The updated TSCA requires the EPA to, for the first time, systematically and comprehensively assess chemicals already on the market by looking at all uses and exposures to a chemical. However, when the EPA released key scoping documents for its assessments of the first 10 chemicals last year, it excluded critical sources of exposures – like asbestos in old building materials, and 1,4-dioxane in personal care and cleaning products. In so-called “problem formulations” released earlier this month, the EPA narrowed these assessments even further and excluded major routes of chemical exposure like air pollution, waste disposal and even drinking water. An analysis by the Environmental Defense Fund found that the EPA will ignore more than 68 million pounds of seven out of the 10 chemicals released into air, water and land every year.

6.      Stacking leadership positions with industry-friendly nominees and appointees

The EPA has also looked to industry advocates to fill leadership positions in the offices responsible for implementing the new law. Nancy Beck, who holds a leadership position in the EPA’s chemical safety office, came to the agency directly from the American Chemistry Council, where she lobbied for weaker chemical safety regulations. Michael Dourson was nominated for the top post in the EPA’s chemical safety office after a long career of doing junk science for the chemical industry. He withdrew his nomination after significant public backlash. 

7.      Protecting “secret chemicals”

The updated TSCA limits the amount of information the EPA can keep secret about chemical information submitted to the agency, including safety studies. However, an analysis earlier this year found that the EPA is routinely ignoring this change in the law, and is failing to release health and safety studies provided with new chemical filings. In recent guidance, the EPA also failed to acknowledge its obligation to give certain government and medical professionals access to chemical information the agency possesses.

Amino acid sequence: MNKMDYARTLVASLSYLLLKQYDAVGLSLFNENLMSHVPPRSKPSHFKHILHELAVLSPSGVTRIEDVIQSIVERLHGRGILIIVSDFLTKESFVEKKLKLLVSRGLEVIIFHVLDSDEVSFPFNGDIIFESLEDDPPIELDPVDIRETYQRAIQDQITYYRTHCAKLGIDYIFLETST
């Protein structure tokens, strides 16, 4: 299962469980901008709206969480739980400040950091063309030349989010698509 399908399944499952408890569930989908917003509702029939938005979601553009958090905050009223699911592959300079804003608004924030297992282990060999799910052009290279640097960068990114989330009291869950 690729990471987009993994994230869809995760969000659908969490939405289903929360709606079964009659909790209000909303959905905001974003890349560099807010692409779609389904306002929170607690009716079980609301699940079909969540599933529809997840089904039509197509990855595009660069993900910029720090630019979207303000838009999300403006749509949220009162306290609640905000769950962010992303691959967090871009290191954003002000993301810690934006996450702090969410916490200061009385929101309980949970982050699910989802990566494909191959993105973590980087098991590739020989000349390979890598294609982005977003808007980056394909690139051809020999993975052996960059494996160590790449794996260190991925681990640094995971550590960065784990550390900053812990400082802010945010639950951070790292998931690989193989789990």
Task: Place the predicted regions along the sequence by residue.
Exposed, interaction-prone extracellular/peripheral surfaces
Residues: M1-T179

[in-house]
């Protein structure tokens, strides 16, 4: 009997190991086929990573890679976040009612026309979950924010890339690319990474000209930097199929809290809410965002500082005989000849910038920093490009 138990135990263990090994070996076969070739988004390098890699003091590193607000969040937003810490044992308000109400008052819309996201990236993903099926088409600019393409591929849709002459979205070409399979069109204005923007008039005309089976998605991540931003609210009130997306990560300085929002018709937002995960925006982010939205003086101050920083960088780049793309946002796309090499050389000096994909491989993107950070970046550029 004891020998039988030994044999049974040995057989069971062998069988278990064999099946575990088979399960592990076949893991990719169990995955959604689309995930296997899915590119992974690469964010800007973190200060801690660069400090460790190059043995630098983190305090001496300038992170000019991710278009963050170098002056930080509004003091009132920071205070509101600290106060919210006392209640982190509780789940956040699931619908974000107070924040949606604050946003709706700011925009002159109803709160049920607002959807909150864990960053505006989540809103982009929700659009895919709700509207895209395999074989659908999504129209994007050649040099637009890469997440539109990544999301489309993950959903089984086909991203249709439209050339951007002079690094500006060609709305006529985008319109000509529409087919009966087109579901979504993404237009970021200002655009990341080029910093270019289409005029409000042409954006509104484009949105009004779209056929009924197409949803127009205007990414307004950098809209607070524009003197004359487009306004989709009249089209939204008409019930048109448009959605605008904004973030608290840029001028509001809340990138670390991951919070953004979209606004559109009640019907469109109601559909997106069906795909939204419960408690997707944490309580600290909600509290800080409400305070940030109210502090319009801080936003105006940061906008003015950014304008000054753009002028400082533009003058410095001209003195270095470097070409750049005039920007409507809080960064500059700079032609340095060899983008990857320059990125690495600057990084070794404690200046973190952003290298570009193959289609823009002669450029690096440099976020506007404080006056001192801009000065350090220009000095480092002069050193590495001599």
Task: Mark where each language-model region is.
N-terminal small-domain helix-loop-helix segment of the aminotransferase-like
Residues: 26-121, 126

8.      Cutting critical agency resources

The new law imposes many new requirements on the agency. To meet these new obligations, the agency needs adequate resources. Nonetheless, the fee rule proposed by Pruitt’s EPA dramatically underestimates costs and lets the industry get away without paying its fair share. Additionally, the president’s budget, released in February, proposed significant cuts to the EPA – including deep cuts to programs that remediate lead in homes and research hormone-disrupting chemicals. Additionally, the EPA has put significant pressure on employees to leave the agency with early buyouts, putting the agency at its lowest staffing levels since 1988.

9.      Undermining EPA science

At the end of April, the EPA proposed radically changing the kinds of science the agency can rely on to guide decision-making. This so-called “secret science” rule would prevent the agency from relying on studies based on confidential medical data – even if those studies are thoroughly peer-reviewed. The proposed rule would also restrict some studies that haven’t been published. Even Nancy Beck acknowledged that these draconian measures would make it more difficult to make decisions under TSCA. In emails released to the Union of Concerned Scientists, she warned the proposed rule would “jeopardize our entire pesticide registration/re-registration review process and likely all TSCA risk evaluations.”  

10.  Failing to adequately consider vulnerable populations

The updated TSCA requires the EPA to explicitly consider and mitigate risks to vulnerable populations like children, pregnant women, workers and the elderly. But by excluding key sources of exposure from its chemical safety evaluations, the EPA fails to protect these susceptible populations. For example, children drink more water per pound of bodyweight than adults. By excluding drinking water from its chemical risk evaluations, the EPA is failing to account for particular risks to children. By excluding waste disposal and air pollution from its evaluations, the EPA is failing to consider special risks for fenceline communities, where there may be higher concentrations of chemicals in the air or soil.